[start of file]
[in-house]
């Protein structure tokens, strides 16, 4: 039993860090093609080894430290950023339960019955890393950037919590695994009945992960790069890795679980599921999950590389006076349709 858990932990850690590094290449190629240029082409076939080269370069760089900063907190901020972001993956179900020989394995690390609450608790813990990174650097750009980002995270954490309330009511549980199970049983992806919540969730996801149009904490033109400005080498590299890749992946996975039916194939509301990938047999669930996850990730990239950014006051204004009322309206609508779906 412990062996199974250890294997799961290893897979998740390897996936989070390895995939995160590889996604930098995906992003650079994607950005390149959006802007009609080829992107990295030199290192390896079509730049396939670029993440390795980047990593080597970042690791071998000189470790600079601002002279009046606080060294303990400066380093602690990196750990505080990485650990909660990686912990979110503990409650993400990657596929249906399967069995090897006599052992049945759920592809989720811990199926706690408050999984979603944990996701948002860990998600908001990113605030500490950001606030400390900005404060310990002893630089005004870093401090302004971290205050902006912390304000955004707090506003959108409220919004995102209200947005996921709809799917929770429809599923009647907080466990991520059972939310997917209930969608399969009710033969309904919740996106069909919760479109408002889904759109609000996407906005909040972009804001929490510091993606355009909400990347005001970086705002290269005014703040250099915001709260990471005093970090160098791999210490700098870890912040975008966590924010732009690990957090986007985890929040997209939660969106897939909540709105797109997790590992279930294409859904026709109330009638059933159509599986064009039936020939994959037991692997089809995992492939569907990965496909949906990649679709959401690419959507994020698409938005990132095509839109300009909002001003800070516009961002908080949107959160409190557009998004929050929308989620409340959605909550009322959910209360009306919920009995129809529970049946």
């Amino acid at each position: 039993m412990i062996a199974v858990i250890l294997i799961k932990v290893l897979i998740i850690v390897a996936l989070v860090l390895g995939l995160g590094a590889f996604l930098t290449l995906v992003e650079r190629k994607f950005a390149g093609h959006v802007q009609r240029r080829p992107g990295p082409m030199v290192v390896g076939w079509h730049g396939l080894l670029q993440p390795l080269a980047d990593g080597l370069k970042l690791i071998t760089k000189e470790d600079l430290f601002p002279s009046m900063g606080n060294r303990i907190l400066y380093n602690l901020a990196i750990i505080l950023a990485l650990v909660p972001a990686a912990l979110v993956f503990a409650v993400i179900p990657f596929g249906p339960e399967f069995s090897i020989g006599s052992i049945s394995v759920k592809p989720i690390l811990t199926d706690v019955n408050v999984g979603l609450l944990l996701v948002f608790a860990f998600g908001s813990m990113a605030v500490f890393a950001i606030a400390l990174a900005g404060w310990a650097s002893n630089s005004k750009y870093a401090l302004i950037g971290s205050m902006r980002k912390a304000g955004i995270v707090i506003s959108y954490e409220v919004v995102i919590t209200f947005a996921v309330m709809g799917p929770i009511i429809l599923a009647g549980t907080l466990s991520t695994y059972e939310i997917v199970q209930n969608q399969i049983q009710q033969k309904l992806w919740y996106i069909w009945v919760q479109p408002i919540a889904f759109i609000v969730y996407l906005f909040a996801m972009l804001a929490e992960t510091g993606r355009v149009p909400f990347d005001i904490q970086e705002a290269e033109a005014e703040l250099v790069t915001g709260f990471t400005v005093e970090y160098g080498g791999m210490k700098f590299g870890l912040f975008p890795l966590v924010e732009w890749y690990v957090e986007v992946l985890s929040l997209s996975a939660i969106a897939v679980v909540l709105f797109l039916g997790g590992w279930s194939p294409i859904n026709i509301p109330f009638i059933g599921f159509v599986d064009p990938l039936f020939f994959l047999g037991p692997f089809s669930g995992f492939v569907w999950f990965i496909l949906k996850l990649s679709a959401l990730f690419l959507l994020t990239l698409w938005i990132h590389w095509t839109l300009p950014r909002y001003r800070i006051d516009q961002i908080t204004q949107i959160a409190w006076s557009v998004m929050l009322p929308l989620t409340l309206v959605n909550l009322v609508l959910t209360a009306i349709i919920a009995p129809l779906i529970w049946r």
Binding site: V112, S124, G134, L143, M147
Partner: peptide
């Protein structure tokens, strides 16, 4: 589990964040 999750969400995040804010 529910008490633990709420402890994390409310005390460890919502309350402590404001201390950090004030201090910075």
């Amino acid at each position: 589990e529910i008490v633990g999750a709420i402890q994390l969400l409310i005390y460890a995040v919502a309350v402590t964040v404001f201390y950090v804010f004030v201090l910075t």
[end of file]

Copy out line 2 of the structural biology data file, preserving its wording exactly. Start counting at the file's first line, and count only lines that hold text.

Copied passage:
């Protein structure tokens, strides 16, 4: 039993860090093609080894430290950023339960019955890393950037919590695994009945992960790069890795679980599921999950590389006076349709 858990932990850690590094290449190629240029082409076939080269370069760089900063907190901020972001993956179900020989394995690390609450608790813990990174650097750009980002995270954490309330009511549980199970049983992806919540969730996801149009904490033109400005080498590299890749992946996975039916194939509301990938047999669930996850990730990239950014006051204004009322309206609508779906 412990062996199974250890294997799961290893897979998740390897996936989070390895995939995160590889996604930098995906992003650079994607950005390149959006802007009609080829992107990295030199290192390896079509730049396939670029993440390795980047990593080597970042690791071998000189470790600079601002002279009046606080060294303990400066380093602690990196750990505080990485650990909660990686912990979110503990409650993400990657596929249906399967069995090897006599052992049945759920592809989720811990199926706690408050999984979603944990996701948002860990998600908001990113605030500490950001606030400390900005404060310990002893630089005004870093401090302004971290205050902006912390304000955004707090506003959108409220919004995102209200947005996921709809799917929770429809599923009647907080466990991520059972939310997917209930969608399969009710033969309904919740996106069909919760479109408002889904759109609000996407906005909040972009804001929490510091993606355009909400990347005001970086705002290269005014703040250099915001709260990471005093970090160098791999210490700098870890912040975008966590924010732009690990957090986007985890929040997209939660969106897939909540709105797109997790590992279930294409859904026709109330009638059933159509599986064009039936020939994959037991692997089809995992492939569907990965496909949906990649679709959401690419959507994020698409938005990132095509839109300009909002001003800070516009961002908080949107959160409190557009998004929050929308989620409340959605909550009322959910209360009306919920009995129809529970049946």